• The candidate must have this already if they want to succeed. These are qualities that cannot be trained or taught and must be previously learned or inherent to the person’s character.
  • The candidate benefits if they have it, but it’s not necessary for success in the role. These are qualities that help a person succeed, but are either not necessary for success or can be trained.
  • The candidate doesn’t need this, because we can give it to them. A lot of knowledge of specific institutional software, industry practices, and regulation falls into this category unless you’re hiring for a role that needs to know them, like an internal company auditor.

This list of qualities is especially important because it needs to include both hard skills and soft skills. Hard skills are things like knowledge of math and data science, or knowledge of PHP and SQL, or knowledge of Salesforce and Magento. Soft skills, meanwhile, are personality traits and qualities of them as a person, that make them successful in their role or as part of a team. Cooperative natures, outgoing personalities, optimism, and a drive to solve problems are all soft skills.

List of Traits

At this stage, it’s okay to brainstorm and write down far more than is necessary. Later steps will see you refining these qualities and requirements down to the essentials.

 Step 3: Look at your most successful employees for inspiration. It can be difficult to put together the list of what is necessary for a role if you haven’t held that position yourself. Someone in HR might not know what makes a good salesperson, or what makes a good developer, or what makes a good factory line worker. Thus, you can turn to your experienced, successful employees in that role for an example.

All Star Employee

You can find this information in a few different ways.

  • Observe them in their role. What do they do, how do they do it, and how are they successful where others are not?
  • Talk to their managers. What makes this employee stand out and succeed where others don’t? What qualities do they have that can be replicated or sought out in hiring a new team member?
  • Talk to them directly. Ask them questions about what they do, what they like about it, what motivates them. What is most important for them to succeed, from their perspective?

Taking this information from a variety of sources allows you to get a varied perspective on what is required for a role. You can also discuss with managers and team leads, specifically the people who will be working with a new employee, to see what hard skills and experiences are necessary for the role.

 Step 4: Refine hard skills that are must-haves. You have a large list of hard skills that are relevant to your role; now you need to refine this list into something usable as a template for your job listing, your interviews, and your entire hiring framework. As mentioned, you want to divide these skills into buckets: what you need and can’t train, what you need but can train, what you want, and what isn’t necessary.

Hard Skills

Anything you can’t train goes in the must-have pile. This is your most crucial list and will form the bulk of your candidate profile, as well as your job listing and your interview process. If you use tools to set up pre-employment assessments or skills tests, for example, the selection of tests you run will be guided by this list of must-have hard skills.

 Step 5: Refine soft skills that are must-haves. Similar to hard skills, you now have a large list of soft skills that are relevant to the role, and you need to refine that list into a usable list of requirements. Unlike hard skills, soft skills are very difficult to test for, and usually impossible to train, so you have to be more selective in what you choose as a must-have. The more must-haves you have on your list, the harder it will be to find a candidate that meets your needs.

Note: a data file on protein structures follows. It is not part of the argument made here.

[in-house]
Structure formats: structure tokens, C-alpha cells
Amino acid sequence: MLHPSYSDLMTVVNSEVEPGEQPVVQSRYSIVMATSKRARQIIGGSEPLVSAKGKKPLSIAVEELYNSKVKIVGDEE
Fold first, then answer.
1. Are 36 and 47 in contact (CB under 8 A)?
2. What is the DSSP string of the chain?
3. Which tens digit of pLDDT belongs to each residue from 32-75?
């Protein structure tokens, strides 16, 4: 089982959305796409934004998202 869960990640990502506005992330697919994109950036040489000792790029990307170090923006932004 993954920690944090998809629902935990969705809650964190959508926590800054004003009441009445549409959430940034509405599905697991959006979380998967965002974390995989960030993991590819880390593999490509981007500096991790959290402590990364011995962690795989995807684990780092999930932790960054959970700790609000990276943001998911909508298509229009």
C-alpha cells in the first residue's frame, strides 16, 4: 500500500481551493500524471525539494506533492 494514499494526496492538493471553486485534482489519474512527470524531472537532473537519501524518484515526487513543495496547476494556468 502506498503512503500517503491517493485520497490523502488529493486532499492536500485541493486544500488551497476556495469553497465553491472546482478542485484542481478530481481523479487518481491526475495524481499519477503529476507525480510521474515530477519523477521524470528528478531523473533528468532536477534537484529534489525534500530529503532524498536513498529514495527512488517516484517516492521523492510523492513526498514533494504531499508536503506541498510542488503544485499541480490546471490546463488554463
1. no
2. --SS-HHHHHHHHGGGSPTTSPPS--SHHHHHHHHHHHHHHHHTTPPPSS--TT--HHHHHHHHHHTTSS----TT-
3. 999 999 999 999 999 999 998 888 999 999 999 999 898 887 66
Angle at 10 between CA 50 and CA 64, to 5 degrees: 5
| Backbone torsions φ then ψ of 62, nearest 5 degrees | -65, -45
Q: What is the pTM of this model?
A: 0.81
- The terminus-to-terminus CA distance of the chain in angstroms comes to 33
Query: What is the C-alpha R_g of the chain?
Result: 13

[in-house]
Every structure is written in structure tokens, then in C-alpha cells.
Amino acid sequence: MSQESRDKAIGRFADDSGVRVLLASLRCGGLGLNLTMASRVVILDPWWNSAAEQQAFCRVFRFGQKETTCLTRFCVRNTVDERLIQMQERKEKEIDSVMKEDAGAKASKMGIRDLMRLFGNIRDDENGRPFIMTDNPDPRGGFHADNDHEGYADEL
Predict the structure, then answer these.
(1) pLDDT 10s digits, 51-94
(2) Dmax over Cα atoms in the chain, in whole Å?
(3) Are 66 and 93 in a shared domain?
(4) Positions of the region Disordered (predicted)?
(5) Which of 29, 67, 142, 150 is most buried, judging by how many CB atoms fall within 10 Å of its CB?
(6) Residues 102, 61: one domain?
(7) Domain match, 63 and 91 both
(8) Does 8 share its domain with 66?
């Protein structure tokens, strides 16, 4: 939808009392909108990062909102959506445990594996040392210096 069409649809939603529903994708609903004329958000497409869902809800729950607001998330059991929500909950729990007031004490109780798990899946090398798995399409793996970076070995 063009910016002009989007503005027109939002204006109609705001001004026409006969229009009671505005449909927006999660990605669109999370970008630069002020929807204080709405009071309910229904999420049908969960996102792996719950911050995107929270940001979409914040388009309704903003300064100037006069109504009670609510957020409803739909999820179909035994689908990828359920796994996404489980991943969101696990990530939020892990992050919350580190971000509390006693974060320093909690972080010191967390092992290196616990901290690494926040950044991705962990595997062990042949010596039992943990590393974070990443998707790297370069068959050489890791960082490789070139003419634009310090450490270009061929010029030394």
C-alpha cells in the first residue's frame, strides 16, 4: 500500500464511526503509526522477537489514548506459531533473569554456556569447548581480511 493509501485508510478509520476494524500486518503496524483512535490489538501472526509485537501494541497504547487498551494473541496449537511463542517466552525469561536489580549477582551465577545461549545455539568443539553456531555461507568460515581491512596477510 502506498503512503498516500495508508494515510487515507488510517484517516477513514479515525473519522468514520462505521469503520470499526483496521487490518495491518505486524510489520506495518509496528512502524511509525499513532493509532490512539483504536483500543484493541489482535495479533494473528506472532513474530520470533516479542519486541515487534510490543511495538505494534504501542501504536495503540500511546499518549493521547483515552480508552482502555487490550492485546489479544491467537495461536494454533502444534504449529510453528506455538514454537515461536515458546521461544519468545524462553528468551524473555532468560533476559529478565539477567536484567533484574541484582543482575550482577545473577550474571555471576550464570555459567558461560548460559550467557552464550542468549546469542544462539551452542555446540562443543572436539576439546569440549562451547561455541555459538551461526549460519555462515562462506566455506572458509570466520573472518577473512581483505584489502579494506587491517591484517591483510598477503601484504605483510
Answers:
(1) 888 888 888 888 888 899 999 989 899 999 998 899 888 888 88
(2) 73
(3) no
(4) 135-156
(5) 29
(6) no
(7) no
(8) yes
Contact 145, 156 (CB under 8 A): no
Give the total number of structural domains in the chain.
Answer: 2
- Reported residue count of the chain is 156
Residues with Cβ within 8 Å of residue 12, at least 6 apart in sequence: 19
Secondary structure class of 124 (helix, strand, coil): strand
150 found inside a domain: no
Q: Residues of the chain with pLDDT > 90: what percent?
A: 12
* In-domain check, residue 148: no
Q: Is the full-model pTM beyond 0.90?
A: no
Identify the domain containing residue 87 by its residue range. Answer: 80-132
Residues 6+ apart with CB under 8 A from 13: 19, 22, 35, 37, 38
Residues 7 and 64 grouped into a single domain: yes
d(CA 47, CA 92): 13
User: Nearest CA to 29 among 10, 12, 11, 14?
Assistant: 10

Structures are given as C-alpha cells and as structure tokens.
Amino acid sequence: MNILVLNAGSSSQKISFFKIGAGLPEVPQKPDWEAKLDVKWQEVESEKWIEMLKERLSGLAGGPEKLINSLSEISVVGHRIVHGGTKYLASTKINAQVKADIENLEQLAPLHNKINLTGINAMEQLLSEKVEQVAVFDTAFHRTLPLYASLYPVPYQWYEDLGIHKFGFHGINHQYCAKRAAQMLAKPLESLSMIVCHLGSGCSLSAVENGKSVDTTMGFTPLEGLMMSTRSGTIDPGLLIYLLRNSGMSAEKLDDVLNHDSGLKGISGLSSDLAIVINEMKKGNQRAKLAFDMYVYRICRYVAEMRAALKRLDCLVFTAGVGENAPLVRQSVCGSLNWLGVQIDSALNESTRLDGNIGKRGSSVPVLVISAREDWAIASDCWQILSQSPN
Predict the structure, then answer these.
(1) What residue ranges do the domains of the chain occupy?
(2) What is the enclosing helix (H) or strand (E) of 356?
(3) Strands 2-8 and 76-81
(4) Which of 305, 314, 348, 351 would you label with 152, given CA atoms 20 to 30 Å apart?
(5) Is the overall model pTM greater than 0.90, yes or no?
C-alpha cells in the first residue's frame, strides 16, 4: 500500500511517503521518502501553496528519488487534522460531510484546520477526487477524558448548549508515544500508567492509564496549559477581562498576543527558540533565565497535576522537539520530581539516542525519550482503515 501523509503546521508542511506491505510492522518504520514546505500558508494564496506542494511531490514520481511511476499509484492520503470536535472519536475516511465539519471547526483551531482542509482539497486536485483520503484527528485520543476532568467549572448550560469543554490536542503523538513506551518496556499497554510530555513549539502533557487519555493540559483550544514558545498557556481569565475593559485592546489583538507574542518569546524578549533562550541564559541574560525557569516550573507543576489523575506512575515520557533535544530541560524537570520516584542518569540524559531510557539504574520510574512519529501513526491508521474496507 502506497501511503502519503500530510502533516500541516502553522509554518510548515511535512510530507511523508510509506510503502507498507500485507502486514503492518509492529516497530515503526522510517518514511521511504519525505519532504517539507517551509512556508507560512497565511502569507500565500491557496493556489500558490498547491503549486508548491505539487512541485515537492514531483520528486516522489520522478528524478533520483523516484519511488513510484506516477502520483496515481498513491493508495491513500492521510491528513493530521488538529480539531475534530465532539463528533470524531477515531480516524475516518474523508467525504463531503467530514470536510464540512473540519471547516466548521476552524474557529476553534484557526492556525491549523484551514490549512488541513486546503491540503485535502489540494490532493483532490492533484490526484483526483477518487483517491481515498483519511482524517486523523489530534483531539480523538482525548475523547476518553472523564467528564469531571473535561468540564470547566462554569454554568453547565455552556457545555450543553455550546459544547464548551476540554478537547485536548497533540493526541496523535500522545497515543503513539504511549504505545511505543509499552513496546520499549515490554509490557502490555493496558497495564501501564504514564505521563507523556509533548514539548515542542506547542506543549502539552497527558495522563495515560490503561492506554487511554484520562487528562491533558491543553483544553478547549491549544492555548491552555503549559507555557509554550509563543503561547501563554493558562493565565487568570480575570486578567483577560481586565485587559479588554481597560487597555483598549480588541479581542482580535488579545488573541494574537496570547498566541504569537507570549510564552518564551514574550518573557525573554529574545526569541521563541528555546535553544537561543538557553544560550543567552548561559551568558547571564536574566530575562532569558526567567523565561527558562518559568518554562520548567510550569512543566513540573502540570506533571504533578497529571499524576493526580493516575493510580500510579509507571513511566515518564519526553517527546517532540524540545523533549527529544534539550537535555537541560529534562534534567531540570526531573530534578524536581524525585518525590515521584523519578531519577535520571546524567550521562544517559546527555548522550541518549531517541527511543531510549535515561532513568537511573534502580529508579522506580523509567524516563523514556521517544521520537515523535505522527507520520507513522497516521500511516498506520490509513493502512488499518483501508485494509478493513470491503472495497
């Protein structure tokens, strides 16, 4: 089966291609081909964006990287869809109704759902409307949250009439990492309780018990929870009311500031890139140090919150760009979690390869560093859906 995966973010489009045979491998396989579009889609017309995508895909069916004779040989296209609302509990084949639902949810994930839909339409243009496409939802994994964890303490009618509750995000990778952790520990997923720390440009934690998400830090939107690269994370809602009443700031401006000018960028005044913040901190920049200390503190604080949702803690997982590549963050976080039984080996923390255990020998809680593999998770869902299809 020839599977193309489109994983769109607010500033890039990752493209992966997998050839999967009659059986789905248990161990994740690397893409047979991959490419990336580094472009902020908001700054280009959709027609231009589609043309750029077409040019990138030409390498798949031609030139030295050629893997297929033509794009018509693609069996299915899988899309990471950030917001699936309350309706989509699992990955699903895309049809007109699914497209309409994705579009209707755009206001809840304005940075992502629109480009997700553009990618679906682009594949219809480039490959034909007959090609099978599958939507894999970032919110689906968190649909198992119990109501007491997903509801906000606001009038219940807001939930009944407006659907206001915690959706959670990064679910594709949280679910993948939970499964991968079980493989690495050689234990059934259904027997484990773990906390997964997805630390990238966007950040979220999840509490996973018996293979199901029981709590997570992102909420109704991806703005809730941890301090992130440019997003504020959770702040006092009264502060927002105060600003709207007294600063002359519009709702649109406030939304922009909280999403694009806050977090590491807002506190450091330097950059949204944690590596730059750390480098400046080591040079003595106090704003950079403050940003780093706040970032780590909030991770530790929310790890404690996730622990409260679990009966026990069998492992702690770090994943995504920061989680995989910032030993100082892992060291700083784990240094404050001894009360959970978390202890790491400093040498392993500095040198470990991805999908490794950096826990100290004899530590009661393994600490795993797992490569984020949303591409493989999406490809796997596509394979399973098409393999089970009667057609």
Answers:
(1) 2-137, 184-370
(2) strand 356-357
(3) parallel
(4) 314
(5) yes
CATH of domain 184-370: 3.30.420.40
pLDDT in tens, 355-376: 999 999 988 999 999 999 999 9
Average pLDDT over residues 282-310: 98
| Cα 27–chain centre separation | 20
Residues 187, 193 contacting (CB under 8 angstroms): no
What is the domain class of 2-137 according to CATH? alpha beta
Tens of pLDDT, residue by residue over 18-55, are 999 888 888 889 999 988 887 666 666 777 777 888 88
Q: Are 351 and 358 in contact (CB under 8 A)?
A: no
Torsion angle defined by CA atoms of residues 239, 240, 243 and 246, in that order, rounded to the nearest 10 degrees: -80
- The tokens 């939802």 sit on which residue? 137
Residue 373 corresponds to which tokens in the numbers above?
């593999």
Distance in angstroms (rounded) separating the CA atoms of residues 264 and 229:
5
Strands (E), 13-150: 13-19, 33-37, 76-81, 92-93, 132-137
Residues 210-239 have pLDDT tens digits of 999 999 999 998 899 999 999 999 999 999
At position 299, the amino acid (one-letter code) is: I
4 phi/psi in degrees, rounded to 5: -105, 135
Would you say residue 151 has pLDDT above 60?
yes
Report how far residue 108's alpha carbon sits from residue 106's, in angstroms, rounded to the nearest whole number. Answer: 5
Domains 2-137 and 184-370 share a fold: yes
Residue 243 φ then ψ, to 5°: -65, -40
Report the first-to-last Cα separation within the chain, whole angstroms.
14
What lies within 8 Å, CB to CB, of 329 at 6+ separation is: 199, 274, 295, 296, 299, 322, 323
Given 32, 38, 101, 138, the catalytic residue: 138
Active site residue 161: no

Soft Skills

This list of soft skills comes into play primarily in writing your job listing, as well as what your hiring managers should be looking for when they interview candidates. You can get some of this information from a cover letter, which is what Wayne Elsey says on Forbes:

“What is essential in the cover letter is to see if they took the time to understand the company and the position for which they applied. The cover letter can say it all.”

 Step 6: Refine your nice-to-haves. Once you’ve picked out specific hard and soft skills to make into your hard requirements, you can start to fill out a list of nice-to-have qualities, skills, and features that set a candidate above the rest. Companies often run into two problems here.

The first problem is including too many nice-to-haves in the must-haves pile. When the must-haves pile is too long, your candidate pool gets too small, and you’ll never find someone who meets them all. The second problem is including too many nice-to-haves altogether. This inflates your job listing, suppresses certain kinds of applicants, and muddies the waters of hiring.

What you’re looking for here are a few key qualities you can use to look for, but not advertise as qualities you’re looking for. These will be key traits you can use to flag specific resumes and applications as top-level candidates.

 Step 7: Figure out where your ideal candidates are likely to be, to know where to advertise your job. Now that you’ve put together your candidate profile, it’s time to put it to use. You have an accurate picture of the kind of person you’re looking for; now you need to find them. Where do they hang out? What do they do, where you can reach them?

Job listing

Use your candidate profile to guide the selection of advertising methods you use to circulate your job posting. Use it to target advertising towards the right kinds of people. Use it to filter resumes and cover letters, and to bring the best candidates to the top of the pool. And, of course, use it as a foundation for your interview process, to make sure you’re getting the best possible person for the job.